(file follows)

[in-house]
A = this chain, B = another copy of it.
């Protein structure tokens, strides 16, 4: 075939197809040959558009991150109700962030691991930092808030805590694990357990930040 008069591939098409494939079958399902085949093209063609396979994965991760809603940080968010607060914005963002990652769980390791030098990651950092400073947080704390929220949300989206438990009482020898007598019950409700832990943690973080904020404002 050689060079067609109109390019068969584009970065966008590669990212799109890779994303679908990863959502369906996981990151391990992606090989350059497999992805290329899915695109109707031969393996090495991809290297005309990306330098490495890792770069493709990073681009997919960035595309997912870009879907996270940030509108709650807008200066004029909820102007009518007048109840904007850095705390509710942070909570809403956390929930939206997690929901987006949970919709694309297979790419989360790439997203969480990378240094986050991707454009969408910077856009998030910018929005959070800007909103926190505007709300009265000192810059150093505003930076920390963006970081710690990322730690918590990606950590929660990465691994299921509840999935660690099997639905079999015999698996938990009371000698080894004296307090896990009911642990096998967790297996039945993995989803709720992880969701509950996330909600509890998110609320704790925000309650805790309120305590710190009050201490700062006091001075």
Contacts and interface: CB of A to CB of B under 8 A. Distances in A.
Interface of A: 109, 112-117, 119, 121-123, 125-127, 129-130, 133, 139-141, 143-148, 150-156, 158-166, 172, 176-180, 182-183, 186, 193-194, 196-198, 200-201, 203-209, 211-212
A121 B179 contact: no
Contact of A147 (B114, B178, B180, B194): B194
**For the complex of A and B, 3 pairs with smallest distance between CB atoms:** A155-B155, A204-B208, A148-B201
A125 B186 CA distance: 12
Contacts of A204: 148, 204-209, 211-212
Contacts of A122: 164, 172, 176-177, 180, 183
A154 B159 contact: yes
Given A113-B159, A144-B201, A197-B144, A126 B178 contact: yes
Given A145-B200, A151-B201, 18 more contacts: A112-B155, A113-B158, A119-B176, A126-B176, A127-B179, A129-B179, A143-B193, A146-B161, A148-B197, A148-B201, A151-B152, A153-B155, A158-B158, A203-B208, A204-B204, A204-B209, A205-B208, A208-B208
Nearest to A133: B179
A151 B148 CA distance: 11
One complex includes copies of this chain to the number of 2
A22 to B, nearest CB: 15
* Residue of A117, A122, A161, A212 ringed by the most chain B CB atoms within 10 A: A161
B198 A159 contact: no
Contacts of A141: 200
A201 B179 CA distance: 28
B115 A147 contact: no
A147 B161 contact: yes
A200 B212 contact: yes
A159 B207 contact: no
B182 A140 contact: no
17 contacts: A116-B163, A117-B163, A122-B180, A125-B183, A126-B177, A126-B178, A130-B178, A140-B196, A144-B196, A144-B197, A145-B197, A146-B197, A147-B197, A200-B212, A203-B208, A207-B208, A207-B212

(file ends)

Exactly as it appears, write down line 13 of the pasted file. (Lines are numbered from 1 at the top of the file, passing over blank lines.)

Given A113-B159, A144-B201, A197-B144, A126 B178 contact: yes